The Machiavellian Motivation Theory
Before I write, I need an idea. I’ll think it out, go through all the scenes, and then I promise myself I’ll write it down. Then, I will absolutely forget about it. Why? Because I have no self-discipline. Why else? Because I have no motivation.
There are two ways to motivate yourself. You can promise yourself a reward if you make it, or some appropriately fear-inducing punishment if you don’t. It’s the carrot and the stick theory. But somehow, for me, that carrot is never juicy enough to jump for.
Okay, okay, there are those for whom “I’ll buy myself ice cream every day I write 5,000 words” works, but some of us are on a diet and some of us can only function if an angry mob is at the door demanding those 5,000 words. It’s the adrenaline that makes everything snap into perspective. It’s why people can lift small cars, and it’s the only possible explanation for why anyone would win National Novel Writing Month.
For those of you who are like me, I sympathize, but you aren’t beaten yet.
The Rocky Road Principle
I will be quoting Machiavelli often, because for those of us who function better with a threat, writing is a Machiavellian process. The first quote (the famous one) goes “it is better to be feared than to be loved.” Simple, easy to understand, right? But then he goes on to say “Men are less hesitant about harming someone who makes himself loved than one who makes himself feared, because love is held together by a chain of obligation which, since men are wretched creatures, is broken on every occasion in which their own interests are concerned; but fear is sustained by dread of punishment which will never abandon you”
Which is a long-winded way of saying; I can live without Rocky Road, but I can’t live with the angry mob.
The Yardstick Principle
Speaking as someone who has an incredible amount of difficulty in writing anything longer than a yardstick, I am able to explain the Machiavellian Motivation Theory using this quote from the Prince.
“People are fickle by nature; and it is a simple matter to convince them of something but difficult to hold them in that conviction; and, therefore, affairs should be managed in such a way that when they no longer believe, they can be made to believe by force” which is quite a frightening statement when referring to government, but it is perfectly acceptable in writing. In fact, let me apply it to writing.
“people are fickle (I want to write my bug-girl story, but I’m supposed to be working on my space orangutan story, and oops, I missed the deadline for the cannibal tree story contest) by nature; and it is a simple to convince them of something (sure, I’ll write 80K in one week! How hard could it be?) but difficult to hold them in that conviction (eh, 350 words is close enough…); and, therefore, affairs should be managed in such a way that when they no longer believe, they can be made to believe by force”
In short, if you don’t write the length of your yardstick (which, by the way, is your word goal), beat yourself with it until you do.
So now you know what you have to do and why you have to do it, and all that’s left is how to choose your threat… and I have a quote for that too.
The Dobby Principle
“For a writer should have two fears: one, internal concerning his mental state; the other, external, concerning others saying ‘hey, weren’t you going to write that novel? Don’t you remember what you told me to do to you if you didn’t finish it?’” Obviously, I replaced a few things, which are underlined for your convenience. What he did say was something about rebellions and invasions, which are actually quite applicable in the writing process, but not in this blog post.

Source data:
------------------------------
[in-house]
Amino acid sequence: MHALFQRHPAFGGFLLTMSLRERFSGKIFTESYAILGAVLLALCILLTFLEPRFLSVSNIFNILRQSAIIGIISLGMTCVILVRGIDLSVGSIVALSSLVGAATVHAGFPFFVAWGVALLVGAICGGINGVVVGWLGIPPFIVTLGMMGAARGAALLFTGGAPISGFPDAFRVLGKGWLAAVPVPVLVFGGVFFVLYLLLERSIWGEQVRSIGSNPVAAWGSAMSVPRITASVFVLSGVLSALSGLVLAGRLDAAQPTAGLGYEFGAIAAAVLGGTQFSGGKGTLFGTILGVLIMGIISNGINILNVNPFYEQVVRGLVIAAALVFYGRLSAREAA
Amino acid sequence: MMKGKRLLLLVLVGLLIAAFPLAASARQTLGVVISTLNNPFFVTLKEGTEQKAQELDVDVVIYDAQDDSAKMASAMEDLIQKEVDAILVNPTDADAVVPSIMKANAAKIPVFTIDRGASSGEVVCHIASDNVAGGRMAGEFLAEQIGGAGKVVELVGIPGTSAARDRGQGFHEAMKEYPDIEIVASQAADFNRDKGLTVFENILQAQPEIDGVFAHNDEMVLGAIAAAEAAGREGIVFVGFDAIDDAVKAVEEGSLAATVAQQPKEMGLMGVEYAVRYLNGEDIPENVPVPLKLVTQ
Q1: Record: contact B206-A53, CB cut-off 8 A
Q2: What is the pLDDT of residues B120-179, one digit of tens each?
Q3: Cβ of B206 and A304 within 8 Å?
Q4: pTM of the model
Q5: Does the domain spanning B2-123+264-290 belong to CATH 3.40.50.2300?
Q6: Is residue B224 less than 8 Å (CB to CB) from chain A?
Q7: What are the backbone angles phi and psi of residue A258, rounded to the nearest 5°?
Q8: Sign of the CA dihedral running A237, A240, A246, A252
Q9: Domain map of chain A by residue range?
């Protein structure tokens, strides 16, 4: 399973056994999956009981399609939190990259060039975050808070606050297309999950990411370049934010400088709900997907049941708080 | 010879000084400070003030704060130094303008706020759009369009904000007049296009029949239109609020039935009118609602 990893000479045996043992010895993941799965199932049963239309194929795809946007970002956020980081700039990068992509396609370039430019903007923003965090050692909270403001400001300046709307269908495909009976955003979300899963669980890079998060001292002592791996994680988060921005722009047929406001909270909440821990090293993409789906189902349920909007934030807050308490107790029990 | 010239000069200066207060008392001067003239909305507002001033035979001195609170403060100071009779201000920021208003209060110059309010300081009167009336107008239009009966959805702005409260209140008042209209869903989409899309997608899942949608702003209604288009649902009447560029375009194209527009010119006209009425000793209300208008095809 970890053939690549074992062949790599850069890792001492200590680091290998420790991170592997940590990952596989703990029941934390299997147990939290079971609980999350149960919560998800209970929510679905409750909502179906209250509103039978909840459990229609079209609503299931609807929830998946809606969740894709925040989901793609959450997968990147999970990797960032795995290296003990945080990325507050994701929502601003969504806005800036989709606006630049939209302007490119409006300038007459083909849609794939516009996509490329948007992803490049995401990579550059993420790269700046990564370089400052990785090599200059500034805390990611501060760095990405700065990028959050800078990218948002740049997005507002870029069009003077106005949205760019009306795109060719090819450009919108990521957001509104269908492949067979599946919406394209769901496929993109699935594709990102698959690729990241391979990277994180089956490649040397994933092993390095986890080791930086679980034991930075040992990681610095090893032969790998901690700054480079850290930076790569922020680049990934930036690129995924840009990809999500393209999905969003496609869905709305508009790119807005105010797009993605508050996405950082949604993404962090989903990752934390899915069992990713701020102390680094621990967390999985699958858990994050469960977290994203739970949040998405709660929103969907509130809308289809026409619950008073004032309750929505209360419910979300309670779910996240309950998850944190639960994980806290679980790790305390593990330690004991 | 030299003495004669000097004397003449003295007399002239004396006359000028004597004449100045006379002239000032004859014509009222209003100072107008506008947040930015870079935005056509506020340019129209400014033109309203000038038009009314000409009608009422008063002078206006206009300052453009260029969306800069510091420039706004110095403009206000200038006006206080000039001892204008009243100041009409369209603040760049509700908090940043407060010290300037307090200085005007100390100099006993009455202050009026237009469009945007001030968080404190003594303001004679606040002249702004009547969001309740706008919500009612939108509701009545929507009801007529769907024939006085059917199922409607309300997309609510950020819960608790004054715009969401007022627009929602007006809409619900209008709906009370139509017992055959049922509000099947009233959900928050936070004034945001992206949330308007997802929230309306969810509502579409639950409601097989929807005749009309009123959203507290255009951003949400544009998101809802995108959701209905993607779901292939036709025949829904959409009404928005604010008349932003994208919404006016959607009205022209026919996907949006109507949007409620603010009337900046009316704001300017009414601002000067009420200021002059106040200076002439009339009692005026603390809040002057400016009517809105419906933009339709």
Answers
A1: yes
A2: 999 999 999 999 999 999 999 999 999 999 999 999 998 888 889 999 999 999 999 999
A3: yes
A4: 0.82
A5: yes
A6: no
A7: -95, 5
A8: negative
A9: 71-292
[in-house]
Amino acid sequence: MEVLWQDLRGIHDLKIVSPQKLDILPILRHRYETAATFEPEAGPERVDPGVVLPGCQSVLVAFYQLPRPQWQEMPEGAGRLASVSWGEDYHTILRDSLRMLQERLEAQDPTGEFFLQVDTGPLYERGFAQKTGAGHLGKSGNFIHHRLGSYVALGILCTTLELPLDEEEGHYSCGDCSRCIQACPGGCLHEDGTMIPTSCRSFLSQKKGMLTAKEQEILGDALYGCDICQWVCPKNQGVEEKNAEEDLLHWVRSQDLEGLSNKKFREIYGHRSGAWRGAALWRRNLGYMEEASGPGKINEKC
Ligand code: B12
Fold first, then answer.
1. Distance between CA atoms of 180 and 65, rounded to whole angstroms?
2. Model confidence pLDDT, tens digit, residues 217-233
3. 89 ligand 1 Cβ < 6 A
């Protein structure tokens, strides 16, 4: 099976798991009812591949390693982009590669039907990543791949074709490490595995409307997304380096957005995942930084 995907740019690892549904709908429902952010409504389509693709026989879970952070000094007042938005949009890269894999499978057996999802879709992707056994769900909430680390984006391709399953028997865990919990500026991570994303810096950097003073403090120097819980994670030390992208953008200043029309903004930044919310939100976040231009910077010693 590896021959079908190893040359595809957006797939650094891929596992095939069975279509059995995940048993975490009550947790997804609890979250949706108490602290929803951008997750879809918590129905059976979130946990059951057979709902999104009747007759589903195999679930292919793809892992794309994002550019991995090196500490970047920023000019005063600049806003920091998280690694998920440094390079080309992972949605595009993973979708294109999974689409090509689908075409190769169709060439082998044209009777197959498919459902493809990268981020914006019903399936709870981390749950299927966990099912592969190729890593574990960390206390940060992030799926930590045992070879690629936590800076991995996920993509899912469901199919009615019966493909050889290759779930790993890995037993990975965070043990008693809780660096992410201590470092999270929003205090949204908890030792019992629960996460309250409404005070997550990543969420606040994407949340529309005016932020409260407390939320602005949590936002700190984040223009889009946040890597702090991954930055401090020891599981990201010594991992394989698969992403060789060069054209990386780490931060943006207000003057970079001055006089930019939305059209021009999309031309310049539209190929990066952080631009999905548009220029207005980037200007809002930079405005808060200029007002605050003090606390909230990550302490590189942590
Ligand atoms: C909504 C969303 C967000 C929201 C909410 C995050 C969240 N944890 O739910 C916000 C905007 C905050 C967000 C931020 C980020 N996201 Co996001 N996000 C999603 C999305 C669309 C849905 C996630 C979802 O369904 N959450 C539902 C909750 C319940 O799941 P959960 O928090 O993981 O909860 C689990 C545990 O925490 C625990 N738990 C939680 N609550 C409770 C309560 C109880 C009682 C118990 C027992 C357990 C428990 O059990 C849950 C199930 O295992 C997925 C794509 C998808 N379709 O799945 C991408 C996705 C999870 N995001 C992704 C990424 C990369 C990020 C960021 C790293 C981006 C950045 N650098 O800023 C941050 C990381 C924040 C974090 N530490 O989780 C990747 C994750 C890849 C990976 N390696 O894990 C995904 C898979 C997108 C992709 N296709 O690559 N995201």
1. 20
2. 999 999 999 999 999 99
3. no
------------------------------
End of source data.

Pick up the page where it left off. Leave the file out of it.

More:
In this case, since I am focusing on motivations and not distractions, what it all comes down to is choosing your threat, which should be both frightening (internal) and unstoppable (because it should be external).
People have various methods, for example, one person told her mother that she would donate $50 to the campaign fund of a politician that her family does not support, if she didn’t make her word count. She almost ended up on the streets, but as far as I know she’s making good progress with her novel.
But wait! What if you don’t want to take that kind of risk based on your writing speed (understandable), or think you actually would end up homeless (Children’s Services
330-424-1471)? Fear not! Because it doesn’t matter what the threat is, as long as it is both suitably scary and you take yourself seriously.
For example, dressing up as a clown doesn’t fly unless you parade around your school or workplace, or unless you have a morbid fear of clowns on account of having recently read It by Stephen King.
Also, no wimping out after you choose your threat. You must do it, once you choose it. Think about Dobby, from Harry Potter. You aspire to be Dobby. It is your life’s goal for people to look at you and say ‘OMG IT’S DOBBY KISS ME!’ This is my biggest problem, the actual follow through, but the whole Machiavellian Motivation Theory falls apart if you chicken out, and you only have to chicken out once. After the first time, you think to yourself in the back of your mind ‘pssssh, I’m not really going to do it’ and then you will lose, terrifically. Horribly. Catastrophically.
Therefore you must choose a threat that is both horrific and yet not so horrific that you won’t follow through with it. For the sake of making things easy; you must become one with Dobby.
Machiavellian Motivation Theory in easy list form:
1. I can live without Rocky Road, but I can’t live with the angy mob.
2. If you don’t write the length of your yardstick, beat yourself with it until you do.
3. You must become one with Dobby.
January 18, 2011 @ 9:36 pm
On mobs: this is why networking is useful. If necessary, you can get a mob of volunteers, all willing to storm your (usually virtual) house if you don’t pay their word-ransom.